Applied physiology in inline speed skating – cardiorespiratory demands, exercise testing and endurance training

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Körperliche Aktivität und Trainingverbessern die Funktion der jeweils beanspruchten Strukturen und bewirken einehöhere und ökonomischere Leistungsfähigkeit. Training ist definiert als „systematische und zielgerichteteAktivierung der Muskulatur mit dem Ziel die Leistungsfähigkeit durchmorphologische (strukturelle) und funktionelle Anpassungen zu steigern.“(Hollmann & Strüder, 2009) mit dem Ziel die maximale Leistungsfähigkeit zuerreichen.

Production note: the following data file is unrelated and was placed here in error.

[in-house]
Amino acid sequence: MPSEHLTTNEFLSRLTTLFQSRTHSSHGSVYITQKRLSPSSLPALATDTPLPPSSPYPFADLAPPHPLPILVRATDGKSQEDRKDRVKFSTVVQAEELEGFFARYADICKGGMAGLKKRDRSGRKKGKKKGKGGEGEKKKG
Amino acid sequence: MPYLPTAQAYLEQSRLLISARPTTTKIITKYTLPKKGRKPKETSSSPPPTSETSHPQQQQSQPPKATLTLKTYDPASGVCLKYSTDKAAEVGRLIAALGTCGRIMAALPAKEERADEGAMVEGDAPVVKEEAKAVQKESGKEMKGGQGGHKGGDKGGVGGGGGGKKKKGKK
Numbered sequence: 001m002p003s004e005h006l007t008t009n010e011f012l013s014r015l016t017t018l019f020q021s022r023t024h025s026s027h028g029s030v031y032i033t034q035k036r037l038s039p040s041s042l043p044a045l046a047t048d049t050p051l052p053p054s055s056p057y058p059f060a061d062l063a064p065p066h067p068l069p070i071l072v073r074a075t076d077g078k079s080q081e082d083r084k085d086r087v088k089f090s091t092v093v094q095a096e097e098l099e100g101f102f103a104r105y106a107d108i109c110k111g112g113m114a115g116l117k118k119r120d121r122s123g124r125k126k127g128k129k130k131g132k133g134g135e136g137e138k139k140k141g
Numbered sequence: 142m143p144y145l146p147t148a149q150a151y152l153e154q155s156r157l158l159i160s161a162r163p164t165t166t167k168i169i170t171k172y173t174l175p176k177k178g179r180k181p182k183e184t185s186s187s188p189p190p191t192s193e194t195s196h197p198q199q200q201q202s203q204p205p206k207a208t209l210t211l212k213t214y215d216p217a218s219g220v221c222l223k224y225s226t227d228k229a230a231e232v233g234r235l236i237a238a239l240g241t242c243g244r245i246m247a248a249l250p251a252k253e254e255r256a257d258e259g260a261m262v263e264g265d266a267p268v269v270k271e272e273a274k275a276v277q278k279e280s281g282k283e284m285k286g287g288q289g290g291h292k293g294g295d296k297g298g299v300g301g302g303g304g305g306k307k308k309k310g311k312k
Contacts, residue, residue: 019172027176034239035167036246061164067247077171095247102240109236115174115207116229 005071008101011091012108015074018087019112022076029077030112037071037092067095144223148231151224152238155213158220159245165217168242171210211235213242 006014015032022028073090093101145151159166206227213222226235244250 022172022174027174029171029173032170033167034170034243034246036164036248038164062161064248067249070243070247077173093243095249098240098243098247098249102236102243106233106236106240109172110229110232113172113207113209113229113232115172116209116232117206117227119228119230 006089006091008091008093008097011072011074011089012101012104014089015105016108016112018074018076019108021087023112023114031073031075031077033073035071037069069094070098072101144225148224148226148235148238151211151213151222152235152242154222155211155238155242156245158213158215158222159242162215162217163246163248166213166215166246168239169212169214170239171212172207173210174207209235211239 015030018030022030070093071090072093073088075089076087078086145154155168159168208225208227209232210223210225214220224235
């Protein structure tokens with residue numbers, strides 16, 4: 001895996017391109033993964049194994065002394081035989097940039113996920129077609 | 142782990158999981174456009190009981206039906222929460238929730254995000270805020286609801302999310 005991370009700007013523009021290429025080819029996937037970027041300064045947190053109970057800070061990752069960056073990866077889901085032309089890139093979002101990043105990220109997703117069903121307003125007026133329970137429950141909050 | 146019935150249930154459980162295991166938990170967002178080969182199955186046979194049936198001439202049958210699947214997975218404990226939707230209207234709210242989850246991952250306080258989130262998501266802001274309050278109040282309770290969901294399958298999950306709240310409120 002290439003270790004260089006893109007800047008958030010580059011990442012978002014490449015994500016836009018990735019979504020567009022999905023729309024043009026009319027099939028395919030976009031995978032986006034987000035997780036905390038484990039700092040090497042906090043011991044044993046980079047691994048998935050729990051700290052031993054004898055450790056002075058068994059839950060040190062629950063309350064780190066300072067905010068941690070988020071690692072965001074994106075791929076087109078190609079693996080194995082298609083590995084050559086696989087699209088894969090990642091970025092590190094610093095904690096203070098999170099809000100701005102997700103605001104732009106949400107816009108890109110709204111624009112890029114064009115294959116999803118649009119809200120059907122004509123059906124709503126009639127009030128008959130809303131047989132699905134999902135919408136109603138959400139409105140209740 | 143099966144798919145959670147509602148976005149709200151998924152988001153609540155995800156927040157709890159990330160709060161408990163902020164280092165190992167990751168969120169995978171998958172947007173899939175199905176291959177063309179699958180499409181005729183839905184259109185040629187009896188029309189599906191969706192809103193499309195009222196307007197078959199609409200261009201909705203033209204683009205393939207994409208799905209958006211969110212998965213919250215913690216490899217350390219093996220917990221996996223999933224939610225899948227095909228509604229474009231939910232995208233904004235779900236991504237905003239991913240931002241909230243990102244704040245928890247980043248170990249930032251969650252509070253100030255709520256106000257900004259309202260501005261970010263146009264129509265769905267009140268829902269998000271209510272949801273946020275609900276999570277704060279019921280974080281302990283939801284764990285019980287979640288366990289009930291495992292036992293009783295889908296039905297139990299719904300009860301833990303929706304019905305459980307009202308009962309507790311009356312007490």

In traditionellen Sportarten stehtTrainern und Athleten ein umfangreiches Wissen über die sportspezifischenAnforderungen, Leistungsdiagnostik, technisch und taktisch beeinflussendeFaktoren sowie Technik- und Wettkampfsimulationen zur Verfügung, die inVerbindung mit einem 10 bis 15 Jahre langen leistungsorientierten Training zumhöchsten Leistungsniveau mit persönlichen Bestleistungen führen. Demzufolgebesteht in recht jungen Sportarten, wie dem Inline Speed Skating, noch eingroßes Potential maximale Leistungen der Athleten zu entwickeln und zu erweitern.Aus diesen Gründen untersucht die vorliegende kumulative Dissertation daskardiorespiratorische Anforderungsprofil während eines Inline Speed SkatingMarathons, vergleicht sportartspezifische und unspezifischeAusdauerleistungsdiagnostiken (Laufen, Radfahren) und untersucht die Effektevon unspezifischem (Laufen, Radfahren) Ausdauertraining auf die spezifischeAusdauerleistungsfähigkeit und die Sprintleistung. Die resultierendenErgebnisse ermöglichen ein besseres Verständnis über die physiologischenAnforderungen im Inline Speed Skating und liefern essentielle Informationen fürein professionelles zielgerichtetes Training.